Earlier this month, Mississippi legislators passed a bill banning direct, in-person sales of electric vehicles within the state. It wasn’t a close vote — 75 percent of the state’s senators wanted the bill passed. But Mississippi residents who live in the 21st century, and who want to see the archaic, scam-laden, needless middlemen that are dealerships dead, still held out hope: Governor Tate Reeves, a small-government conservative, could veto the anti-consumer legislation.
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Of course, he didn’t. Despite calls for a veto coming from within his own Republican house, the governor — who has received over $120,000 in political contributions from dealerships and dealer advocates — signed H.B. 401 into law on Tuesday. Electric vehicle makers will now be held to the same 53-year-old restrictions as traditional auto manufacturers, and be barred from owning their own physical points of sale in the state.
After signing the bill, Reeves tweeted that he “recognize[s] that innovation in this industry is inevitable. And with innovation comes new companies with new business models.” Despite the recognition of a changing world, however, Reeves elected to stick with the legislation that’s older than he is. In his words, “That’s fair!”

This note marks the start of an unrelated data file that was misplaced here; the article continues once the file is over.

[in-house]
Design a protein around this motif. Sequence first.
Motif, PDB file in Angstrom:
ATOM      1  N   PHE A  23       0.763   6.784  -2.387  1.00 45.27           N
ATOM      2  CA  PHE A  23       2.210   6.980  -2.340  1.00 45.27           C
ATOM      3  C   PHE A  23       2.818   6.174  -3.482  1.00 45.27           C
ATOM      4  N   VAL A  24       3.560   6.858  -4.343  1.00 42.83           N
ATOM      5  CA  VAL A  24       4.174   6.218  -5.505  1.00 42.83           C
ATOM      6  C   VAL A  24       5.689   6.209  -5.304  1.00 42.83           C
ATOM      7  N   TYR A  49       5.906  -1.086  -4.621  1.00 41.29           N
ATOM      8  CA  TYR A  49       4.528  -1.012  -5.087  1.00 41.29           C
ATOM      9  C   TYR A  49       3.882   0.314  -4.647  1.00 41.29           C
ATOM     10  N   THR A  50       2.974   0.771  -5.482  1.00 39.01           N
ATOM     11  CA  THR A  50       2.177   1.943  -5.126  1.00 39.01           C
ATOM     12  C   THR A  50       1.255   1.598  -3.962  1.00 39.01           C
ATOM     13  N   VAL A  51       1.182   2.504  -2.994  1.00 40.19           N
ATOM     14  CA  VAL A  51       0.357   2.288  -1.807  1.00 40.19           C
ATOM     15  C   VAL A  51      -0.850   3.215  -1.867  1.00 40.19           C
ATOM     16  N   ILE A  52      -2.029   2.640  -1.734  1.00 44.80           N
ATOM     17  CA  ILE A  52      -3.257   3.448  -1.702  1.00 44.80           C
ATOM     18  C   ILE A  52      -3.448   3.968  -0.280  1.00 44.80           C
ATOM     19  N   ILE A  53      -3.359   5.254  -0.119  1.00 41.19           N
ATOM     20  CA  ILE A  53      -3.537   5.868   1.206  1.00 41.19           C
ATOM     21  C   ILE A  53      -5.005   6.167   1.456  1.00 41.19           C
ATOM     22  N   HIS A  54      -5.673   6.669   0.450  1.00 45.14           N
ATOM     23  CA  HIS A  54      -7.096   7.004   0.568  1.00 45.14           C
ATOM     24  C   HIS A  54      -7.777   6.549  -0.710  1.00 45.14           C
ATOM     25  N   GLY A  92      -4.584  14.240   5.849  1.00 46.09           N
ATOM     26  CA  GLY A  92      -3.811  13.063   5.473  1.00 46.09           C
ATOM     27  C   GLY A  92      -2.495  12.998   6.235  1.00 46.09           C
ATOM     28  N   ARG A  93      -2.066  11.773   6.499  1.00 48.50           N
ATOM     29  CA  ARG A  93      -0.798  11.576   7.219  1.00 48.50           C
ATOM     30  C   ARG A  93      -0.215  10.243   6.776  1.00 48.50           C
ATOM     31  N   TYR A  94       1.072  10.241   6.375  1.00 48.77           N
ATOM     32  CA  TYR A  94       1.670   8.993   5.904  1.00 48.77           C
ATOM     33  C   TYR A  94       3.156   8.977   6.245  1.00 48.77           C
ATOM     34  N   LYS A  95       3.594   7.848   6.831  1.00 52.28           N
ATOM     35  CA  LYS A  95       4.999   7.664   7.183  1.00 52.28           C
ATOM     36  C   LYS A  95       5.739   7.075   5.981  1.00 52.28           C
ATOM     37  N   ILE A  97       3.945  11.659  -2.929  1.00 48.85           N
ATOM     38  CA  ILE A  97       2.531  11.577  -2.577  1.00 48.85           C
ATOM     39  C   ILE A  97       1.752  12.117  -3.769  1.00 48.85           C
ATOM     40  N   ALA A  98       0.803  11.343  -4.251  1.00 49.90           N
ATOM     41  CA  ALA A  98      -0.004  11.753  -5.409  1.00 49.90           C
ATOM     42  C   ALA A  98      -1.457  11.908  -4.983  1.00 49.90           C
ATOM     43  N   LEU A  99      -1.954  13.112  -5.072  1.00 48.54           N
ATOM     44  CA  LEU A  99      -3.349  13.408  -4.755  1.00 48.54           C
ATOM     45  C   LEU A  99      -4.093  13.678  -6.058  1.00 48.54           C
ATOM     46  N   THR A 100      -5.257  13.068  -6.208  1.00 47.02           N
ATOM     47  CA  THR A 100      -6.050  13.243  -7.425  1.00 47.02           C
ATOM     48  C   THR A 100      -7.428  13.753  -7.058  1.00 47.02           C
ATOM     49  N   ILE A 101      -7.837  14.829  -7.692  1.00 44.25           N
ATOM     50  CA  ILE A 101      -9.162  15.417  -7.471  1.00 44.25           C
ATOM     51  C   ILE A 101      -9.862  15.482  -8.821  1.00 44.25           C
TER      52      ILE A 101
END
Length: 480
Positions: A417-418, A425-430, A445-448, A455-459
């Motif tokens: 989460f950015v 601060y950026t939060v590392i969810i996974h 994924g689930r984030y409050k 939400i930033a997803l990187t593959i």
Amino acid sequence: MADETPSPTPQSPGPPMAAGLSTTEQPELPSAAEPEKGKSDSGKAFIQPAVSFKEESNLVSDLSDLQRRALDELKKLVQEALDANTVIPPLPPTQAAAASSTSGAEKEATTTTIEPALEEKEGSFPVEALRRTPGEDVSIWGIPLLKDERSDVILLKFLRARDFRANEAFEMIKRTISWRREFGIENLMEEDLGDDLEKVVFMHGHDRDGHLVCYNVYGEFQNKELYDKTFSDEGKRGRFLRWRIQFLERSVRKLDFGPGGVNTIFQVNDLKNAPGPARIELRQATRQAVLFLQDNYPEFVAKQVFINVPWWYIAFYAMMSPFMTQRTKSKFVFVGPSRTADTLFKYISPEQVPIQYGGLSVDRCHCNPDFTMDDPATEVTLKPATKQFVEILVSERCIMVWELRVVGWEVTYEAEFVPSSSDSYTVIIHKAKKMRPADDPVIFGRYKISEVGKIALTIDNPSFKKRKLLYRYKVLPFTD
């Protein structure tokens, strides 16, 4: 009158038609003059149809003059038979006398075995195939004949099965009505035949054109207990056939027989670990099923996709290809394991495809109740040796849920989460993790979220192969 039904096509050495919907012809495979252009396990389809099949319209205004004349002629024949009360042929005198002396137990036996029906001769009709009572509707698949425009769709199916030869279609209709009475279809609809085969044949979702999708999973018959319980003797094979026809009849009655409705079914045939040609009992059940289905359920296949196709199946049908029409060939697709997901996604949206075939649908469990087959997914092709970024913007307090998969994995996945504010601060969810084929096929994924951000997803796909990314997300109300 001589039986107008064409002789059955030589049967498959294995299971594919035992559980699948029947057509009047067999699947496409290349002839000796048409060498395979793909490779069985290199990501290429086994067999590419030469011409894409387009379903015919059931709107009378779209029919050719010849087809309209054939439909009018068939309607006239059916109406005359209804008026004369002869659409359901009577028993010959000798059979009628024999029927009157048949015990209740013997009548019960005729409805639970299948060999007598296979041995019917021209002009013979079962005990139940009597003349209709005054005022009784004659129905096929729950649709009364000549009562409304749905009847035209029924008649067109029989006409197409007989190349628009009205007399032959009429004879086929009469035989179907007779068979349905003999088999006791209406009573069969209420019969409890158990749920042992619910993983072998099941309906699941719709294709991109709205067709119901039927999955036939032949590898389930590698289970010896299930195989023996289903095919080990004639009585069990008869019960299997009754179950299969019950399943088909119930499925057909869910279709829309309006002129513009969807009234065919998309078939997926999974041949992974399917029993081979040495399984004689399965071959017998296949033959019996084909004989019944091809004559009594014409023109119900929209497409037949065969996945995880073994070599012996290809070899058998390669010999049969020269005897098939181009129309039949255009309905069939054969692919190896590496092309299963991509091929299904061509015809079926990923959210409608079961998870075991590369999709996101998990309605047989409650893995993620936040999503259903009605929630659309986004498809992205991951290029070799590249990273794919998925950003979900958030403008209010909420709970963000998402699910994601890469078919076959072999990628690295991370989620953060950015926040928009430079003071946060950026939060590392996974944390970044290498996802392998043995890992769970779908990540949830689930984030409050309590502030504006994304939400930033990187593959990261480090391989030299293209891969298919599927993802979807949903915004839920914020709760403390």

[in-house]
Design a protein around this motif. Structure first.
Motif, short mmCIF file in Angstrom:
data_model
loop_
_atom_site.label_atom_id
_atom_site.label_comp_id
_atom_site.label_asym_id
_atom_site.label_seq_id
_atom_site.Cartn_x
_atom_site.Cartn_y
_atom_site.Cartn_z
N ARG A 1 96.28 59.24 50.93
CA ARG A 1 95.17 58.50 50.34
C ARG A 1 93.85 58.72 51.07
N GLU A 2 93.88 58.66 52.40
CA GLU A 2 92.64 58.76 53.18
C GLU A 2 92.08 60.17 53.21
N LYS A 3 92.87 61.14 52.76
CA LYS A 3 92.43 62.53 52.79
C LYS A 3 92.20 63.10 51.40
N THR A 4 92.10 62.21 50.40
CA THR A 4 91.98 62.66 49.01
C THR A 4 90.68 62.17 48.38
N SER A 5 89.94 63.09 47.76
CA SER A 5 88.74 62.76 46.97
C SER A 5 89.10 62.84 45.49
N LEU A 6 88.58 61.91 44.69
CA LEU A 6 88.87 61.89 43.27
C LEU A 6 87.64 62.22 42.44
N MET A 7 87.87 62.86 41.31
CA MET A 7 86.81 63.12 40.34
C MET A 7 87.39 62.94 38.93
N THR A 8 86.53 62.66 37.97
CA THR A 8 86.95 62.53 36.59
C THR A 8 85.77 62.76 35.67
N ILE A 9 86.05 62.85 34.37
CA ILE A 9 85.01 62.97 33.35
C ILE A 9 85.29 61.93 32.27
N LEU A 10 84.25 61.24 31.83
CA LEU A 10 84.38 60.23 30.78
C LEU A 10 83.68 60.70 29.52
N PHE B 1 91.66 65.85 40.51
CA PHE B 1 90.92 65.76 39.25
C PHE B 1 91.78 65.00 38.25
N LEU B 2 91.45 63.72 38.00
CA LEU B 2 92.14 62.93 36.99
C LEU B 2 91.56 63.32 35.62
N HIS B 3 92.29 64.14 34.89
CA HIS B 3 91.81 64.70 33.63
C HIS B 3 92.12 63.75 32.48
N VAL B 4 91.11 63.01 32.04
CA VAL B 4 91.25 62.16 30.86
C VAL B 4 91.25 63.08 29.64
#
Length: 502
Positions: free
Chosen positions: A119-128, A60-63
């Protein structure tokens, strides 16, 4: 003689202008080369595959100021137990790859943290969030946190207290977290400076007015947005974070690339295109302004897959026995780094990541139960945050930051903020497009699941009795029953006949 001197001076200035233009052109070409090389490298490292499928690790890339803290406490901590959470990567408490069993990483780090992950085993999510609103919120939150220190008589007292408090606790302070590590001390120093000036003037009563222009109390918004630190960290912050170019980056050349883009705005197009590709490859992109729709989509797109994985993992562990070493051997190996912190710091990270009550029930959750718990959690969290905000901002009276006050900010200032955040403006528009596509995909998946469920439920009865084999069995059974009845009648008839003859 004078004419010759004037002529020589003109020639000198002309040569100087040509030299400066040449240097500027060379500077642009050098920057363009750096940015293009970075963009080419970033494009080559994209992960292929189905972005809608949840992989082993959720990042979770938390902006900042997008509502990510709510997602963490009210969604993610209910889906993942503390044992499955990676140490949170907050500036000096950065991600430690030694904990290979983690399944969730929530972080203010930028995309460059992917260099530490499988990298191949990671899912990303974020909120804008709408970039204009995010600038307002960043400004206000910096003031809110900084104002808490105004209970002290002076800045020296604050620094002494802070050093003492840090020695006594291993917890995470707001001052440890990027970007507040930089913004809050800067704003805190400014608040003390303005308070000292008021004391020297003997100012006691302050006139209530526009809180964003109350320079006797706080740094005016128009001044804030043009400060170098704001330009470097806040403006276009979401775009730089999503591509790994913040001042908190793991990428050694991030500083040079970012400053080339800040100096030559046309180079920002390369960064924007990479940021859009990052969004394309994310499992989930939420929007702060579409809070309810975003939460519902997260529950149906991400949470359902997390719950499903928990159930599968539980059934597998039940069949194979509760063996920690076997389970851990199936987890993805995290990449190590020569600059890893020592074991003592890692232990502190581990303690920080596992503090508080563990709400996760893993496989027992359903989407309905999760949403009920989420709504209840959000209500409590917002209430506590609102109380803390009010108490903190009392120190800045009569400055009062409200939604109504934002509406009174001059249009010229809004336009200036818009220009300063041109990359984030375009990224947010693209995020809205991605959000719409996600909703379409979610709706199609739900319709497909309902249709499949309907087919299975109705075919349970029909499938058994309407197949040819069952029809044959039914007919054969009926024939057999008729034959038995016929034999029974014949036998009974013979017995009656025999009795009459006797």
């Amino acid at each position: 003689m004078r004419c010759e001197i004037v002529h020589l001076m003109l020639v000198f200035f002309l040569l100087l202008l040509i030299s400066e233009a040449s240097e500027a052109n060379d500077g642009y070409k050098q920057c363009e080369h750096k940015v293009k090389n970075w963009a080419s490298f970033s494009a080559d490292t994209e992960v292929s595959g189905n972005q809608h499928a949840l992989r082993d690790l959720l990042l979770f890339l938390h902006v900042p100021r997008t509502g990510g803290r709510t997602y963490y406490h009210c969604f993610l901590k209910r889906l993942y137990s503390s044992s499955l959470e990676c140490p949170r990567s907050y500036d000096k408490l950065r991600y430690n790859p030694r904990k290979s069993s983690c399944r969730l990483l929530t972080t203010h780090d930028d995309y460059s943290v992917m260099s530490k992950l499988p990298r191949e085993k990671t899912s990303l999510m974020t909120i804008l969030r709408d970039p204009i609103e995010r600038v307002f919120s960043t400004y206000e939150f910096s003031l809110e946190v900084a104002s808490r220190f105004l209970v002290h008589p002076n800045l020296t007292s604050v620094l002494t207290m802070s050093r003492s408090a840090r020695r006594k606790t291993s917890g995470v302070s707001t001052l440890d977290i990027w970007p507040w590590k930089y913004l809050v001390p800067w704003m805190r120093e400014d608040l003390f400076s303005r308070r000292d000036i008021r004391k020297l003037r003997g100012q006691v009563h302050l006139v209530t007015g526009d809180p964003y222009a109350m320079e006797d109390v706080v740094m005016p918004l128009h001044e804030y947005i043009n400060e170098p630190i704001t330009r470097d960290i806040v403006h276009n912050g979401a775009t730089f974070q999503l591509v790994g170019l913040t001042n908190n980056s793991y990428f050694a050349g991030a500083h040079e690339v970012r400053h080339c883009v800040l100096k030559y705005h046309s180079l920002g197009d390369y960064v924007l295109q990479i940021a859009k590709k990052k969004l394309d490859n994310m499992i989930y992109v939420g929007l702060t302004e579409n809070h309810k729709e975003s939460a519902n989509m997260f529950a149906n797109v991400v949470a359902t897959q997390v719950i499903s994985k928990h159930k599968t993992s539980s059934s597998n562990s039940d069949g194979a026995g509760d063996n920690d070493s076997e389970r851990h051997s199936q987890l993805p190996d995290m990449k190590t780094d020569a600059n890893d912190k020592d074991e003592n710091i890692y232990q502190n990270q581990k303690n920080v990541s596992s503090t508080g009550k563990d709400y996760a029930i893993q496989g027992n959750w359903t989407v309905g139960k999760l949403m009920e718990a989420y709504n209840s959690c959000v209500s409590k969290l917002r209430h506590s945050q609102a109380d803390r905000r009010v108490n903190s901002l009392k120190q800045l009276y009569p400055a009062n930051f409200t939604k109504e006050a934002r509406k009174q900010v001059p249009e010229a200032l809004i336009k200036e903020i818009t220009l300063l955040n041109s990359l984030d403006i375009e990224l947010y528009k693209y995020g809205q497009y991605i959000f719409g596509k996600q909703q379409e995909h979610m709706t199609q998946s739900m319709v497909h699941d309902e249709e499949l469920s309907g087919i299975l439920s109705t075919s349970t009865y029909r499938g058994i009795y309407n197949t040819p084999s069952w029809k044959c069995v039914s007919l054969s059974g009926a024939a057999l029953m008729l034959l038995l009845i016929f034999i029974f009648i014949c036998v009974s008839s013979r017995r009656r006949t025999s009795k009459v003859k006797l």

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Members of Reeves’ own party have criticized the bill as protectionism for dealerships. Joey Fillingane, a Republican state senator, put it bluntly to the Associated Press: “Maybe we just like being last all the time. Maybe it’s a badge of honor — we’re the last ones to change.”
The new law does include two caveats, two ways for carmakers to directly sell their vehicles in the state. The first is online sales — H.B. 401 has nothing to say about digital storefronts, where buyers can pick their car from their computer. The second is odder: Companies that directly own one dealership, have owned a dealer license since August of 2021, and only sell electric vehicles, can keep doing their business unimpeded. So far, it appears only one establishment meets these criteria: A Tesla store in Brandon, Mississippi.
By ignoring his own party’s calls for a veto, Governor Reeves has condemned his constituents to an archaic, anti-consumer dealership system. With any luck, this one won’t also last 53 years.